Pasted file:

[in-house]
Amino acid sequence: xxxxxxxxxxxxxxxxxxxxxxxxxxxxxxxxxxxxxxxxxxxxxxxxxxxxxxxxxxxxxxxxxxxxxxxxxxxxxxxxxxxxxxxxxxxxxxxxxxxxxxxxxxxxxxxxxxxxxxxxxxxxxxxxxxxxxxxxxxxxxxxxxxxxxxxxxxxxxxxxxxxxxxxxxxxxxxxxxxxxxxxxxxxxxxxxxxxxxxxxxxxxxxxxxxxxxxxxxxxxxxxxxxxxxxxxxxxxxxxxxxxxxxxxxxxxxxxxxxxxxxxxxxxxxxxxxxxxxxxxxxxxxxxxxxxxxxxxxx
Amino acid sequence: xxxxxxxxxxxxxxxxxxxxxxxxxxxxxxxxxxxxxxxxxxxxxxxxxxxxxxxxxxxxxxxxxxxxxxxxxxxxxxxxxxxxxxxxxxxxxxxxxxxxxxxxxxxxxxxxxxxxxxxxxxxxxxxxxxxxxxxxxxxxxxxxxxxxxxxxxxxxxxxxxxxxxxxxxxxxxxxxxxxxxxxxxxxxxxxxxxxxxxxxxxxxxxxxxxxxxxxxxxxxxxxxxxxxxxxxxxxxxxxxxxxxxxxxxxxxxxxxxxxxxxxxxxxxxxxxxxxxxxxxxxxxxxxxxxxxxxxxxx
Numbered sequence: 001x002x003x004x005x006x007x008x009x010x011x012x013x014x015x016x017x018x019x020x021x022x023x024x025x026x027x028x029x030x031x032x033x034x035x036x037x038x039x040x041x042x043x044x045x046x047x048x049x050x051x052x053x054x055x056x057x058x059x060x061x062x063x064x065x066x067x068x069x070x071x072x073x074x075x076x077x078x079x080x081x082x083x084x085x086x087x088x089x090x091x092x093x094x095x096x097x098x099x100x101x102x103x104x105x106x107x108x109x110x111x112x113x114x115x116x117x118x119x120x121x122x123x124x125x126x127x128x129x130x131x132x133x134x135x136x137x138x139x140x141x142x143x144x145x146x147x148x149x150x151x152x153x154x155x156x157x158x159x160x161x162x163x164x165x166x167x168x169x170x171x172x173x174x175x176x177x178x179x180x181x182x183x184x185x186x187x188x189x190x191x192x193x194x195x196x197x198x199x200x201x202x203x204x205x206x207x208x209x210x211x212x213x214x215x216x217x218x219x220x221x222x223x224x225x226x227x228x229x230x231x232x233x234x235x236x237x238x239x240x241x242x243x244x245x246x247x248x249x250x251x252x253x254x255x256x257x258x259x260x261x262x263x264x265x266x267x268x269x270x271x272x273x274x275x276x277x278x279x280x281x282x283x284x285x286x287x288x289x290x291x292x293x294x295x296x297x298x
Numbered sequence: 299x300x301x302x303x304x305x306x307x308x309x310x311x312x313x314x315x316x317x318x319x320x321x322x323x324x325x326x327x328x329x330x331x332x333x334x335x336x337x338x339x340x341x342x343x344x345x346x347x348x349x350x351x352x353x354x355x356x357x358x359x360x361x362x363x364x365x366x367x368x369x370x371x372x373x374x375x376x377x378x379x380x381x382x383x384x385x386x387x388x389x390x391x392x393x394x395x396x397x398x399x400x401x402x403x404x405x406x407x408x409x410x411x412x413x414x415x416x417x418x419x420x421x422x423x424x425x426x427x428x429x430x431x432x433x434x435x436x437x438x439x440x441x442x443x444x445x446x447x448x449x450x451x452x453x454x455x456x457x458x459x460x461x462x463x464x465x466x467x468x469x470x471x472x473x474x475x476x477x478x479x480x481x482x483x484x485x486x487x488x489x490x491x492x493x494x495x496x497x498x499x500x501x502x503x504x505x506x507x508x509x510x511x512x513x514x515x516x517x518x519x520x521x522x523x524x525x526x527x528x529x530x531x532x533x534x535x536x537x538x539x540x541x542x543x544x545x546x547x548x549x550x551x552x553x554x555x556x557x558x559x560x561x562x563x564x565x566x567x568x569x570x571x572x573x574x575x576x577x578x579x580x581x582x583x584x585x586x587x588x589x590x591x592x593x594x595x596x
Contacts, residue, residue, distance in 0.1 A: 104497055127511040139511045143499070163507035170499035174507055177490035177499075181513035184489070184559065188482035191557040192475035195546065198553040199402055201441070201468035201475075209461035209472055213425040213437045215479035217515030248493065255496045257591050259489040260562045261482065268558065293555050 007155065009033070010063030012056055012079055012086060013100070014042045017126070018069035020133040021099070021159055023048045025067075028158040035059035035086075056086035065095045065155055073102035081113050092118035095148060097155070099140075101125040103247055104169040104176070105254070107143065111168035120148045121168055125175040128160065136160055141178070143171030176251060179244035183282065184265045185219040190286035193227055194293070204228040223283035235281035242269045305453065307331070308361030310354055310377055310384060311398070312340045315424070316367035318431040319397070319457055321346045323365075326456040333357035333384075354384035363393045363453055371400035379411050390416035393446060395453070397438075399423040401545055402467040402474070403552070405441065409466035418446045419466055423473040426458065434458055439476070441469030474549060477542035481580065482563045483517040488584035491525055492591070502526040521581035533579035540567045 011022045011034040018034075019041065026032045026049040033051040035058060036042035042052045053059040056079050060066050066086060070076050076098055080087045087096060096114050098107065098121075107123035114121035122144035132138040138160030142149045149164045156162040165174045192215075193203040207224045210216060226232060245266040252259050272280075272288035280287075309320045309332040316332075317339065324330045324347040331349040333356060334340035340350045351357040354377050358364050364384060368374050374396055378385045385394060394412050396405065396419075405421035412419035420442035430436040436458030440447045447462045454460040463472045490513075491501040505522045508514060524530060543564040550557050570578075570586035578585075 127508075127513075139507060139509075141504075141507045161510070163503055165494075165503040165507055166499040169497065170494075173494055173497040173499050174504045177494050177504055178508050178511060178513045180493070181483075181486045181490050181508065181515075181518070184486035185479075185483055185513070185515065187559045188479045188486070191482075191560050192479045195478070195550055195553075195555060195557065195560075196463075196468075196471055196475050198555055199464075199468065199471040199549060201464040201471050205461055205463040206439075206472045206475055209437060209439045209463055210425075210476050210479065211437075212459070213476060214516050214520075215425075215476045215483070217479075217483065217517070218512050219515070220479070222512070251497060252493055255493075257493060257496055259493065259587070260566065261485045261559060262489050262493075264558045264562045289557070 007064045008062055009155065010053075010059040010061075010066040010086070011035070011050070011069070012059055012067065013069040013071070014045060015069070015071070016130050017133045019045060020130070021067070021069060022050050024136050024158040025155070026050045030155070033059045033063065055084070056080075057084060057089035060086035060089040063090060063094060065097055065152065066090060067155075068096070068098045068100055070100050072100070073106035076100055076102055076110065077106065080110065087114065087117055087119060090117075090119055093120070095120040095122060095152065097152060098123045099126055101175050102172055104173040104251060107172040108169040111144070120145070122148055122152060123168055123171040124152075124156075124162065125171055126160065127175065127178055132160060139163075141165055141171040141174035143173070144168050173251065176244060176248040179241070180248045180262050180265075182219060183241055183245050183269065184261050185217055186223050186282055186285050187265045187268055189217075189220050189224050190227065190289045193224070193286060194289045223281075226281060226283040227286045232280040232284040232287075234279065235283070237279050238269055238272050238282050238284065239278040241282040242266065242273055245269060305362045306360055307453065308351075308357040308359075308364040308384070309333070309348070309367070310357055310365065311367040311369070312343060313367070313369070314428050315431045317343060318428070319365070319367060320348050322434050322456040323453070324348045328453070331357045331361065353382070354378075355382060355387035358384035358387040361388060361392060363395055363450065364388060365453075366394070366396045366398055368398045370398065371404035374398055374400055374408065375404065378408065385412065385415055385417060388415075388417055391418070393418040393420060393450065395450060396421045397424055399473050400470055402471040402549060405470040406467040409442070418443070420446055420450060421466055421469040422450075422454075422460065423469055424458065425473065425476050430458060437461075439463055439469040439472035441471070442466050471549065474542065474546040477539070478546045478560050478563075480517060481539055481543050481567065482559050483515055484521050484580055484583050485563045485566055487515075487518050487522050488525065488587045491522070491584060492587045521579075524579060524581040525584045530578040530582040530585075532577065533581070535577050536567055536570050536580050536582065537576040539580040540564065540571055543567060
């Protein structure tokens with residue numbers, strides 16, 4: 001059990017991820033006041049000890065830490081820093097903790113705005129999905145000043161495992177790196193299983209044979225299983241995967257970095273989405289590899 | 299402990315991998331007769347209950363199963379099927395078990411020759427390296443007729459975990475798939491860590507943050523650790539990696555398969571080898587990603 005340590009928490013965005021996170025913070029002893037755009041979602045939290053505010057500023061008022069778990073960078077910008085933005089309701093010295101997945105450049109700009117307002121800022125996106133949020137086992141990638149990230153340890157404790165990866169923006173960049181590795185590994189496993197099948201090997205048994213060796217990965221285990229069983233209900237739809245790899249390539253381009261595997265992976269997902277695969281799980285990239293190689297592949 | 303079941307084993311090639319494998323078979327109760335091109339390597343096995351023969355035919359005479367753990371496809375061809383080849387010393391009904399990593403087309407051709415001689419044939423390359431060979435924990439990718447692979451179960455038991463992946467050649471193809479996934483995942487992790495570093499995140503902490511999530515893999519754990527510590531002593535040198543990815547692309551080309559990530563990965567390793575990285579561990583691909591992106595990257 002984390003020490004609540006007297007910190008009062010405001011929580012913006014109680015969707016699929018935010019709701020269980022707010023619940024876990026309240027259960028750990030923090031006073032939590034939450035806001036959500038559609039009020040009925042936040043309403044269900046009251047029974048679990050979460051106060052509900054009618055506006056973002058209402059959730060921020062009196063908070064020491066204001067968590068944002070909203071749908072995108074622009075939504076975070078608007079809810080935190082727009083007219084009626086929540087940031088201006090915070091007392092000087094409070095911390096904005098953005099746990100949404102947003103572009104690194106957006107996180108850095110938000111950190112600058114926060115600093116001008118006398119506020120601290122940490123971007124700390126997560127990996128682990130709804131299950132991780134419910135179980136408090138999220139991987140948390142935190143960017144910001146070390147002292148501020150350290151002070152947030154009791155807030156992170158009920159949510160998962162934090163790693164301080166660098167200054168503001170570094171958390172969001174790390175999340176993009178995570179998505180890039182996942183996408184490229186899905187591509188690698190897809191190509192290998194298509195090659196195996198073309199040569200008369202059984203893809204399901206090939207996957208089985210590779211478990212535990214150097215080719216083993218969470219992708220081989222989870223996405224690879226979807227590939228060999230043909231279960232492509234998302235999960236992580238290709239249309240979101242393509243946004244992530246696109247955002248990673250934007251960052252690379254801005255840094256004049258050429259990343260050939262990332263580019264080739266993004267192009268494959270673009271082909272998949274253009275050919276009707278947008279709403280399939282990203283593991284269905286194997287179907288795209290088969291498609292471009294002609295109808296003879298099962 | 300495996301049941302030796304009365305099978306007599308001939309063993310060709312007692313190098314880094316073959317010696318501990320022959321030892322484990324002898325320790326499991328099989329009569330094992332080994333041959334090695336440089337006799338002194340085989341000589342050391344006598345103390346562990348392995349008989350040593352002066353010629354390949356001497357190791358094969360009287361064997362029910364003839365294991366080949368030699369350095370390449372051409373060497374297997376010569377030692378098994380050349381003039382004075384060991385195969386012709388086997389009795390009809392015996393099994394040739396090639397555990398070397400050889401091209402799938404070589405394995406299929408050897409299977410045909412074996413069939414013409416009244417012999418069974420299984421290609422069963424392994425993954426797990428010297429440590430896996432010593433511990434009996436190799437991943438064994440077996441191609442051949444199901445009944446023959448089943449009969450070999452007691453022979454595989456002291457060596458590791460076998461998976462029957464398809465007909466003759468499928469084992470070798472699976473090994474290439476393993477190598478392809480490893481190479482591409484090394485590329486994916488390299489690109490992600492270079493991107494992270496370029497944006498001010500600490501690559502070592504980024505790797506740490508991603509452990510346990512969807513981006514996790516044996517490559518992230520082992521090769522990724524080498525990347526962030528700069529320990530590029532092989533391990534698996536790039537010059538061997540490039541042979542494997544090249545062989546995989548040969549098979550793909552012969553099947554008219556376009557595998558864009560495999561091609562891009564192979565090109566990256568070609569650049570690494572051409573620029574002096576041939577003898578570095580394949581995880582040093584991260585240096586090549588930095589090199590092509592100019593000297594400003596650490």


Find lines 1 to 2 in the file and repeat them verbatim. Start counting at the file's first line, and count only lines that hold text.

[in-house]
Amino acid sequence: xxxxxxxxxxxxxxxxxxxxxxxxxxxxxxxxxxxxxxxxxxxxxxxxxxxxxxxxxxxxxxxxxxxxxxxxxxxxxxxxxxxxxxxxxxxxxxxxxxxxxxxxxxxxxxxxxxxxxxxxxxxxxxxxxxxxxxxxxxxxxxxxxxxxxxxxxxxxxxxxxxxxxxxxxxxxxxxxxxxxxxxxxxxxxxxxxxxxxxxxxxxxxxxxxxxxxxxxxxxxxxxxxxxxxxxxxxxxxxxxxxxxxxxxxxxxxxxxxxxxxxxxxxxxxxxxxxxxxxxxxxxxxxxxxxxxxxxxxx